The next meteor shower to bathe Earth is the Delta Aquarids. This shower can be better seen in the Southern Hemisphere rather than the North, but we should see a good blast of 15-20 meteors per hour.
We have a waning crescent moon, which will throw a little light into the sky, but not enough to upset viewing as these meteors tend to be larger and slow moving than those we regularly see. If you’d like to try and spot some, then just after the moon has set in the early morning (pre dawn) sky is the best time to view them. Anyone out camping and up at the crack of dawn, keep your eyes peeled 🙂 Alternatively, the few hours after midnight are also good.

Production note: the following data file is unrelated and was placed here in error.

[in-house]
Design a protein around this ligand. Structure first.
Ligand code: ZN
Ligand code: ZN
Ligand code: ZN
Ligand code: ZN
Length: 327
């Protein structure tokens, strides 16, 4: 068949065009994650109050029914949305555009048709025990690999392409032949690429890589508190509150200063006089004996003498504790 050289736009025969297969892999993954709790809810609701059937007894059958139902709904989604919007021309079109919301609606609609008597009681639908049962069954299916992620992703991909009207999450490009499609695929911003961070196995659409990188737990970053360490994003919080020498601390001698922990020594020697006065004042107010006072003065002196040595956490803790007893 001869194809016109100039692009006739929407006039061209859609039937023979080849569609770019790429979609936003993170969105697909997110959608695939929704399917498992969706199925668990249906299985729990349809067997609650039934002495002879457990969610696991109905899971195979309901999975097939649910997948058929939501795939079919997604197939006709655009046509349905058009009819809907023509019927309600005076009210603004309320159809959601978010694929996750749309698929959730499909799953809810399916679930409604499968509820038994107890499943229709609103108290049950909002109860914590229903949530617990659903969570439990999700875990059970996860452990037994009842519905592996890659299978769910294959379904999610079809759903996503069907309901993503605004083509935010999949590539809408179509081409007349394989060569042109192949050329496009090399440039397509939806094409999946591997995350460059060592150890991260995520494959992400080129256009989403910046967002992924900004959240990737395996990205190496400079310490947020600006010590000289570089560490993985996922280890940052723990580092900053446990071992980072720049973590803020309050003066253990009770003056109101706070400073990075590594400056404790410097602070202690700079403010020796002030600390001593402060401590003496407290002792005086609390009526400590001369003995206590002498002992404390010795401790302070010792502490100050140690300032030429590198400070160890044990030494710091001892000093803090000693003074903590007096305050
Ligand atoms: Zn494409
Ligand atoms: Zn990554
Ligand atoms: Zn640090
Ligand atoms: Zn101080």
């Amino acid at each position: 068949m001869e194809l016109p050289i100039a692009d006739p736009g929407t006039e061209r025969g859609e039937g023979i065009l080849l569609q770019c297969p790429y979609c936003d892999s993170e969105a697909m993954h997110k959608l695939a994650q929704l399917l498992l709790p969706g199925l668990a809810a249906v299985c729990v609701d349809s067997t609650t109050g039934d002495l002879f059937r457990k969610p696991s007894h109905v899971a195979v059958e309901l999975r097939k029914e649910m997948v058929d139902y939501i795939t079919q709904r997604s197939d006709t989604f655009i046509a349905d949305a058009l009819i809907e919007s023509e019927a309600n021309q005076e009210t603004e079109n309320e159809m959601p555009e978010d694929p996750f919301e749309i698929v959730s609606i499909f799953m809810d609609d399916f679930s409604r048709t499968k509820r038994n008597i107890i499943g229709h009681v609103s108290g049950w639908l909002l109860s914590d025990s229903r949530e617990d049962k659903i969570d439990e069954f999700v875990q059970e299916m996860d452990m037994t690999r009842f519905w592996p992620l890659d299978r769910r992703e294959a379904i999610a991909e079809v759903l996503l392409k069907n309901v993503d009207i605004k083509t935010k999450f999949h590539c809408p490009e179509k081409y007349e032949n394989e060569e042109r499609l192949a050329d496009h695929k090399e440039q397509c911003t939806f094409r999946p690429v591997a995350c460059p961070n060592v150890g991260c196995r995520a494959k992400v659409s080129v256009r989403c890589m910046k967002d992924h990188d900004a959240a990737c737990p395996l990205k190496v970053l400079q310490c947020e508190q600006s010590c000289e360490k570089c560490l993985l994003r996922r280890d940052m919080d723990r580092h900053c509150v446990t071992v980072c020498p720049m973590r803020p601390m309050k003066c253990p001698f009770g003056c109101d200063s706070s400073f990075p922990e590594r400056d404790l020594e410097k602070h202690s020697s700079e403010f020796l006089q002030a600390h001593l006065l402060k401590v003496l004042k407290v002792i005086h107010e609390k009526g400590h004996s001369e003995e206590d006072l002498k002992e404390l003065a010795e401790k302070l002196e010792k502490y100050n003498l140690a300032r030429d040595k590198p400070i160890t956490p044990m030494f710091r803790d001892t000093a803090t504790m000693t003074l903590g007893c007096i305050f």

The meteors tend to radiate from the constellation Aquarius. We should start to see them from 20 July onward, with the estimated best viewing nights to be 27 – 30 July, although we will still be moving through the shower for weeks afterwards. Throughout late July and early August, if you think you see a shooting star, you more than likely have 🙂
The Delta Aquarid meteor shower overlaps with the more famous Perseid meteor shower in August (check back here for full details next month). The best time to see both of these showers at the same time is any time between midnight and dawn in the 2nd week of August.
We believe that the Delta Aquarid meteors come from the trail of the Comet 96P Machholz. That still hasn’t been confirmed however.
Its summer here in the UK, so grab a Pimms, head out into the garden and lie down to gaze at the sky. Same deal in the Southern Hemisphere….only with hot cocoa, many blankets and possibly a roaring fire 😉